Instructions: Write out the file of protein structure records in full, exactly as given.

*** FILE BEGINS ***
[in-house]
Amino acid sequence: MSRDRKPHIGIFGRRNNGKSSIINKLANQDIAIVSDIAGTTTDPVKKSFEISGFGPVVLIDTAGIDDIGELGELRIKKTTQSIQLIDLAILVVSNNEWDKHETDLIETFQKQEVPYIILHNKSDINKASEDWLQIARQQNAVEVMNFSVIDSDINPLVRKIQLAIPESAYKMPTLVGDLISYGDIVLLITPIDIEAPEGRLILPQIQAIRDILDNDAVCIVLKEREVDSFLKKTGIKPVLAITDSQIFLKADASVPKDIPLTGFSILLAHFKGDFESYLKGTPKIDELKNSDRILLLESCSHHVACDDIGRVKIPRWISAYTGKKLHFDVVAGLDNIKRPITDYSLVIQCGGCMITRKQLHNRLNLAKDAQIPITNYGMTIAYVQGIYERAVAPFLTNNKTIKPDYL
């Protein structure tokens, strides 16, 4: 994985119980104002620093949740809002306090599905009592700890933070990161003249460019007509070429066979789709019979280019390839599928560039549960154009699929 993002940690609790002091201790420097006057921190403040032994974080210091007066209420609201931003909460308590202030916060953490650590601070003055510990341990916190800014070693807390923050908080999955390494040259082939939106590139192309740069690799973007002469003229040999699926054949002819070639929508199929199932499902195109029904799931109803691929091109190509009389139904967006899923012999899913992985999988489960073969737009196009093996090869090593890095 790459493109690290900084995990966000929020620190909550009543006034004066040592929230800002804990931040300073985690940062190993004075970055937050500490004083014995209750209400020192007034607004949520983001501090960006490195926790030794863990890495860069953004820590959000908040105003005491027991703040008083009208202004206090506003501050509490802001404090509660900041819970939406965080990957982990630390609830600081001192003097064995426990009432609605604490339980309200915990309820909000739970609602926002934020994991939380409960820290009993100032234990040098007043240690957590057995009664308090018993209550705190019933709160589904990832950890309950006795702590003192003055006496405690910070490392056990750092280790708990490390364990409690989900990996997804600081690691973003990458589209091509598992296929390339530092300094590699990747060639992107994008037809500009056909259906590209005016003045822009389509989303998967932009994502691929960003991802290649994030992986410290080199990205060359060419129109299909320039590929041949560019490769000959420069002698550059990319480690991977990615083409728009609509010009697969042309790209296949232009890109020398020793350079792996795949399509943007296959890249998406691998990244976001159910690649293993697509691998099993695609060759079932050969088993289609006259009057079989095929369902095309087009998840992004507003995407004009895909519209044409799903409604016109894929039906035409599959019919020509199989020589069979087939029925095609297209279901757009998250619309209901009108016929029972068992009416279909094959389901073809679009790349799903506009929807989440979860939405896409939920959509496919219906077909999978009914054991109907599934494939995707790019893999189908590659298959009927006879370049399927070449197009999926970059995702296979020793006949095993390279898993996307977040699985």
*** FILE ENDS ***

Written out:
[in-house]
Amino acid sequence: MSRDRKPHIGIFGRRNNGKSSIINKLANQDIAIVSDIAGTTTDPVKKSFEISGFGPVVLIDTAGIDDIGELGELRIKKTTQSIQLIDLAILVVSNNEWDKHETDLIETFQKQEVPYIILHNKSDINKASEDWLQIARQQNAVEVMNFSVIDSDINPLVRKIQLAIPESAYKMPTLVGDLISYGDIVLLITPIDIEAPEGRLILPQIQAIRDILDNDAVCIVLKEREVDSFLKKTGIKPVLAITDSQIFLKADASVPKDIPLTGFSILLAHFKGDFESYLKGTPKIDELKNSDRILLLESCSHHVACDDIGRVKIPRWISAYTGKKLHFDVVAGLDNIKRPITDYSLVIQCGGCMITRKQLHNRLNLAKDAQIPITNYGMTIAYVQGIYERAVAPFLTNNKTIKPDYL
């Protein structure tokens, strides 16, 4: 994985119980104002620093949740809002306090599905009592700890933070990161003249460019007509070429066979789709019979280019390839599928560039549960154009699929 993002940690609790002091201790420097006057921190403040032994974080210091007066209420609201931003909460308590202030916060953490650590601070003055510990341990916190800014070693807390923050908080999955390494040259082939939106590139192309740069690799973007002469003229040999699926054949002819070639929508199929199932499902195109029904799931109803691929091109190509009389139904967006899923012999899913992985999988489960073969737009196009093996090869090593890095 790459493109690290900084995990966000929020620190909550009543006034004066040592929230800002804990931040300073985690940062190993004075970055937050500490004083014995209750209400020192007034607004949520983001501090960006490195926790030794863990890495860069953004820590959000908040105003005491027991703040008083009208202004206090506003501050509490802001404090509660900041819970939406965080990957982990630390609830600081001192003097064995426990009432609605604490339980309200915990309820909000739970609602926002934020994991939380409960820290009993100032234990040098007043240690957590057995009664308090018993209550705190019933709160589904990832950890309950006795702590003192003055006496405690910070490392056990750092280790708990490390364990409690989900990996997804600081690691973003990458589209091509598992296929390339530092300094590699990747060639992107994008037809500009056909259906590209005016003045822009389509989303998967932009994502691929960003991802290649994030992986410290080199990205060359060419129109299909320039590929041949560019490769000959420069002698550059990319480690991977990615083409728009609509010009697969042309790209296949232009890109020398020793350079792996795949399509943007296959890249998406691998990244976001159910690649293993697509691998099993695609060759079932050969088993289609006259009057079989095929369902095309087009998840992004507003995407004009895909519209044409799903409604016109894929039906035409599959019919020509199989020589069979087939029925095609297209279901757009998250619309209901009108016929029972068992009416279909094959389901073809679009790349799903506009929807989440979860939405896409939920959509496919219906077909999978009914054991109907599934494939995707790019893999189908590659298959009927006879370049399927070449197009999926970059995702296979020793006949095993390279898993996307977040699985």